CPI 3(2)

From the Editor

Richard Schmalensee, Nov 05, 2007

From the Editor: Autumn 2007

Our Autumn 2007 issue of Competition Policy International features a truly international collection of antitrust experts from the Asia-Pacific region, the European Union, and the United States.

Antitrust and the U.S. Supreme Court

Leah Brannon, Douglas Ginsburg, Nov 05, 2007

Antitrust Decisions of the U.S. Supreme Court, 1967 to 2007

In this article we suggest that the U.S. Supreme Court, far from indulging a pro-defendant or anti-antitrust bias, is methodically re-working antitrust doctrine to bring it into alignment with modern economic understanding.

Einer Elhauge, Nov 05, 2007

Harvard, Not Chicago: Which Antitrust School Drives Recent U.S. Supreme Court Decisions?

The U.S. Supreme Court has now decided 14 antitrust cases in a row in favor of the defendant. But this does not indicate an embrace of the conservative Chicago School over the moderate Harvard School.

Joshua Wright, Nov 05, 2007

The Roberts Court and the Chicago School of Antitrust: The 2006 Term and Beyond

This article examines the quartet of Supreme Court decisions issued during the 2006-2007 Term in an attempt to identify and characterize the antitrust philosophy of the Roberts Court.

A View from Chief Economists

Dennis Carlton, Michael Salinger, Nov 05, 2007

Economic Analysis of Competition Practices in the EU and the U.S.: A View from Chief Economists

This article is a transcript of the presentations given by Dennis Carlton and Michael Salinger at the University College London´s Annual Antitrust and Regulation Forum held on February 21, 2007 and hosted by the Jevons Institute for Competition Law and Economics.

Welfare Standards for Antitrust Enforcement

Russ Pittman, Nov 05, 2007

Consumer Surplus as the Appropriate Standard for Antitrust Enforcement

In this paper, I argue that such transfers are likely overall to be quite regressive, and thus that a consumer surplus standard rather than a total welfare standard may be appropriate for antitrust. Two common arguments against this standard that most mergers are in markets for intermediate goods, and that a consumer welfare standard implies a tolerance for monopsony are examined and found wanting. I argue in addition that, even if a total welfare standard is used, both the finance literature on merger outcomes and the structure of the U.S. enforcement agencies suggest that the use of a consumer surplus standard by the agencies is more likely to achieve that goal.

A Symposium on Antitrust in Asia

Nov 05, 2007

Competition Law Takes Off in Singapore: An Analysis of Two Recent Decisions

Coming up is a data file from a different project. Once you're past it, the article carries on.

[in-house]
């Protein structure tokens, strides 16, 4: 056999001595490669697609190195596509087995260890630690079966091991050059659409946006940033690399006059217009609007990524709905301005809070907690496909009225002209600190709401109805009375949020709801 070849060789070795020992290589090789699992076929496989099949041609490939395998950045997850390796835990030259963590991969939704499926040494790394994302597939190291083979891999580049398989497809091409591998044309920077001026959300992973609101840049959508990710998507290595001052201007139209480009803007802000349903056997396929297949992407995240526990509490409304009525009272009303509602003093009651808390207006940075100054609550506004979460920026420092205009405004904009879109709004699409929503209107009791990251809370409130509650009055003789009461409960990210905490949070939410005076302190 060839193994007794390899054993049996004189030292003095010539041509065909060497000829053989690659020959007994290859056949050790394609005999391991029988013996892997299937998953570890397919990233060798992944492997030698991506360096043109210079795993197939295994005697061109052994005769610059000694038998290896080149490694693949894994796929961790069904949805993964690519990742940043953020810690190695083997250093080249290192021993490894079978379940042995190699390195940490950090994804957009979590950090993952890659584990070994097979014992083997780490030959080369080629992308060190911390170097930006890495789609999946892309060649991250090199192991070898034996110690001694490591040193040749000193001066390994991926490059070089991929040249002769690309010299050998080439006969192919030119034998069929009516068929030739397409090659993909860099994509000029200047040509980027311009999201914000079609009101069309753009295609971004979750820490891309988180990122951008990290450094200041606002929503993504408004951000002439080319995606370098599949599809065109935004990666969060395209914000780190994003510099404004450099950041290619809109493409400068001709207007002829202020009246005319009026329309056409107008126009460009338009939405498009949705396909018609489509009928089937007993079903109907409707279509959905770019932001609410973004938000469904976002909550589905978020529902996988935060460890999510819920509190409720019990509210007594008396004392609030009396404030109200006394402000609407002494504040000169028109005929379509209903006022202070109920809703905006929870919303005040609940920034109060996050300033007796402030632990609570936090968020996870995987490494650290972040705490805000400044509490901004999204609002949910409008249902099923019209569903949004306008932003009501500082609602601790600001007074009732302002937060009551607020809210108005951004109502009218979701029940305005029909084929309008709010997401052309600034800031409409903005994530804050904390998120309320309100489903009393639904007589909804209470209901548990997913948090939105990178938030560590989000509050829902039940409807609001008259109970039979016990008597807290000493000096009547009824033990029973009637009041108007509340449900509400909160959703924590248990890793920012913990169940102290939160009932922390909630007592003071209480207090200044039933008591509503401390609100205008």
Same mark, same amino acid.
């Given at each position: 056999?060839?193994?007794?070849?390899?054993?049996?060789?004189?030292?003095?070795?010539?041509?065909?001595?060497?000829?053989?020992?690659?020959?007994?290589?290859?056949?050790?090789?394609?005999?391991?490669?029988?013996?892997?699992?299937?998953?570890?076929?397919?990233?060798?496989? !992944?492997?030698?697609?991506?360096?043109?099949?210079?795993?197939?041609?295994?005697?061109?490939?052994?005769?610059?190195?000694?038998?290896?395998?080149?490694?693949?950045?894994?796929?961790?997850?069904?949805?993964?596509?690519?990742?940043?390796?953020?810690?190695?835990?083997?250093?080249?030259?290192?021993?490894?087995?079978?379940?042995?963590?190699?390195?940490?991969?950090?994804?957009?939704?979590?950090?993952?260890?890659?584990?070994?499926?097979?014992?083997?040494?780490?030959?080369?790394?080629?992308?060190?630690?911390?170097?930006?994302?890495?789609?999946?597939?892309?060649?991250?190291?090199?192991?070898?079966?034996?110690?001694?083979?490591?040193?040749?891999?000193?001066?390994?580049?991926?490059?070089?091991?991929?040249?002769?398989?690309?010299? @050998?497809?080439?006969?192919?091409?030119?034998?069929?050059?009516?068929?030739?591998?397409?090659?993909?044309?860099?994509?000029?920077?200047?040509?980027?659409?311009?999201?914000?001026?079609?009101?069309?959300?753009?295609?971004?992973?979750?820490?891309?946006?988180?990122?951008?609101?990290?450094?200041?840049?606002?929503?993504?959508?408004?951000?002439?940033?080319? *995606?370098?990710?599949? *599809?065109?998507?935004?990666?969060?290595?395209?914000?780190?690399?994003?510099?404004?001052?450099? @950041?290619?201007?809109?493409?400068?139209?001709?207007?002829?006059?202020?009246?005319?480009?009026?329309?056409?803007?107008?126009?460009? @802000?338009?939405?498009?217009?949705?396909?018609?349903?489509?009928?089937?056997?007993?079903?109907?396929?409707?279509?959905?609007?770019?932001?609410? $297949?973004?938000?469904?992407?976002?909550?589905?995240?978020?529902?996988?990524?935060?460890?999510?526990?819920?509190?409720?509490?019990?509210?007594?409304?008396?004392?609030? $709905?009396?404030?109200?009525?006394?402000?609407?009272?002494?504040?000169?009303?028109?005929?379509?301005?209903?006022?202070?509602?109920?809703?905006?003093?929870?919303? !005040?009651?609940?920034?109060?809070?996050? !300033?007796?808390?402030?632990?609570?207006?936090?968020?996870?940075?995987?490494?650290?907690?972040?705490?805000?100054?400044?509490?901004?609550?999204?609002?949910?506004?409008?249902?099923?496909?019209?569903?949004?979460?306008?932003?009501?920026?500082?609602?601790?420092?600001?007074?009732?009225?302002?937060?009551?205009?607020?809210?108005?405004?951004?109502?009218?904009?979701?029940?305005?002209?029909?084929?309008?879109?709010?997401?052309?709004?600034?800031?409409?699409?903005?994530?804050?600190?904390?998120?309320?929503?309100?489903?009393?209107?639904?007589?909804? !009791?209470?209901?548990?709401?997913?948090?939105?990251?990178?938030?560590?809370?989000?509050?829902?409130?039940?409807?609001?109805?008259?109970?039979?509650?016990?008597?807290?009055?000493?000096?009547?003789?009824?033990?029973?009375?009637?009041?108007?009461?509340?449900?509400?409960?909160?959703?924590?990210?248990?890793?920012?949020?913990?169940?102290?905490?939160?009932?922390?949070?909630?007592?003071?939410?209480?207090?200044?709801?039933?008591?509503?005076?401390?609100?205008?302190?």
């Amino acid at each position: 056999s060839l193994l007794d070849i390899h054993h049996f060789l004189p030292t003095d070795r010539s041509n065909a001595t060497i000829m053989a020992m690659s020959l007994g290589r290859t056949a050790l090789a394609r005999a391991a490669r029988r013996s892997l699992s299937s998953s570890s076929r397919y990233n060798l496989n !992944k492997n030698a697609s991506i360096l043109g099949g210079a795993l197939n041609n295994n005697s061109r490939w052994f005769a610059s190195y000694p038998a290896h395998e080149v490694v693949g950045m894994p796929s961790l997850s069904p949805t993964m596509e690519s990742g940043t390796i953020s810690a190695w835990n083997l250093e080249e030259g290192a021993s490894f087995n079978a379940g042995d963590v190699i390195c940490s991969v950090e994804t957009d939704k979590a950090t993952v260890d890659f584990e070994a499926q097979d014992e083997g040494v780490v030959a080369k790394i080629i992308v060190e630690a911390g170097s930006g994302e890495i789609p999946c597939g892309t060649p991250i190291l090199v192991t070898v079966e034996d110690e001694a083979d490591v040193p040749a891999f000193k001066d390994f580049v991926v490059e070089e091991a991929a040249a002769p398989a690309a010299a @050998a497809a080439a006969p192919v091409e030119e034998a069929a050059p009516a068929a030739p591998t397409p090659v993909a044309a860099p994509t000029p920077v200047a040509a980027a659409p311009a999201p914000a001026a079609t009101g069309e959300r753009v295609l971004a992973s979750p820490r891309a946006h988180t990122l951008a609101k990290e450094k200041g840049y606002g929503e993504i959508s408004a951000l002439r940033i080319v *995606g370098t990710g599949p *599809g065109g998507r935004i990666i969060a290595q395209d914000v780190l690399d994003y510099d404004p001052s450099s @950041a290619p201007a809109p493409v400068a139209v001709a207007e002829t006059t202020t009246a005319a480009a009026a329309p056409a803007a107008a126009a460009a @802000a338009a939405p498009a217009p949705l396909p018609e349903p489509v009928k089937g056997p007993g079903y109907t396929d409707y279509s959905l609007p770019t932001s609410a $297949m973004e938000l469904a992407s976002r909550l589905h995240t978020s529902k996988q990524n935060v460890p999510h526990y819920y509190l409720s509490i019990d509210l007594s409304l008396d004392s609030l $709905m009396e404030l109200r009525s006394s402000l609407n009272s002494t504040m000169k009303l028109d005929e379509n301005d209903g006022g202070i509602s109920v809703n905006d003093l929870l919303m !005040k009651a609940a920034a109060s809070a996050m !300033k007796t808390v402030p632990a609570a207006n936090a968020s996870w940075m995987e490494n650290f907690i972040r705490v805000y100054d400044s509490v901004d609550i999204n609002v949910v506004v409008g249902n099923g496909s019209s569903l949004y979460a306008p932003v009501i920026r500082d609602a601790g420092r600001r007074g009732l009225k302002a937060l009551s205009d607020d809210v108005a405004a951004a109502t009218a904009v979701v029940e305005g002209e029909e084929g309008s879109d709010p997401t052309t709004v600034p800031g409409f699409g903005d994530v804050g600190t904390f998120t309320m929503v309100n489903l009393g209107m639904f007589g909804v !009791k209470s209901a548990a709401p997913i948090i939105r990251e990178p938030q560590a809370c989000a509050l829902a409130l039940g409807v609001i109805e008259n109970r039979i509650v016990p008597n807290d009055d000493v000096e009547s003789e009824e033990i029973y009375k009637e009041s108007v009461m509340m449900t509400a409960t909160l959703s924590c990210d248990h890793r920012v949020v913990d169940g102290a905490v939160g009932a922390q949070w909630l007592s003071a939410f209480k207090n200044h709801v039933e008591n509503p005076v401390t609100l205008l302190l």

The first two decisions by the Competition Commission of Singapore, issued in the first quarter of 2007, represent important milestones in the implementation of competition law in Singapore since the enactment of the Competition Act 2004.

Mark Williams, Nov 05, 2007

Competition Policy in Hong Kong: Present Conditions and Future Prospects

Hong Kong has a reputation for being a free and open economy. Historically, the government has maintained that the economic environment is business-friendly, with a small public sector and that competition is the bedrock of sustained growth.

Youngjin Jung, Sang-Seung Yi, Nov 05, 2007

A New Kid on the Block: Korean Competition Law, Policy, and Economics

For a relatively young agency with only a quarter-century history, the Korea Fair Trade Commission (KFTC) has achieved some remarkable success in cartel enforcement and competition advocacy. However, its track record in enforcing merger control leaves much to be desired and its recent ambitious foray into regulating unilateral conduct by global firms such as Microsoft has received a mixed review.

Vanessa Yanhua Zhang, Xinzhu Zhang, Nov 05, 2007

The Antimonopoly Law in China: Where Do We Stand?

The recent development of China´s Antimonopoly Law has caught the attention of governments, academia, and businesses. Although China has laws that address anticompetitive conduct and institutions to enforce them, they are disparate and do not constitute a comprehensive competition regime.

Current Cases

Kelyn Bacon, Nov 05, 2007

European Court of Justice Upholds Judgment of the European Court of First Instance in the British Airways/Virgin Saga

This case commentary analyzes the recent ruling of the European Court of Justice (ECJ) in the case of British Airways v. Commission.

Book Reviews

Nov 05, 2007

Review of Elhauge & Geradin´s Global Competition Law and Economics

According to the authors, businessmen, lawyers, and lawmakers must understand not just their own system but also the other regimes that form part of the global legal framework that regulates competitive behaviour.

The Classics

Nov 05, 2007

Law and the Future: Trade Regulation (1956)

In this article, Aaron Director and Edward H. Levi present several contemporary problems in antitrust at the time the article was written, and describe several tenets of what would become known as the Chicago School of antitrust.

Keith Hylton, Nov 05, 2007

A Note on Director & Levi (1956)

Prof. Keith Hylton of Boston University School of Law presents this new introduction to Law and the Future: Trade Regulation, by Aaron Director and Edward H. Levi.

 

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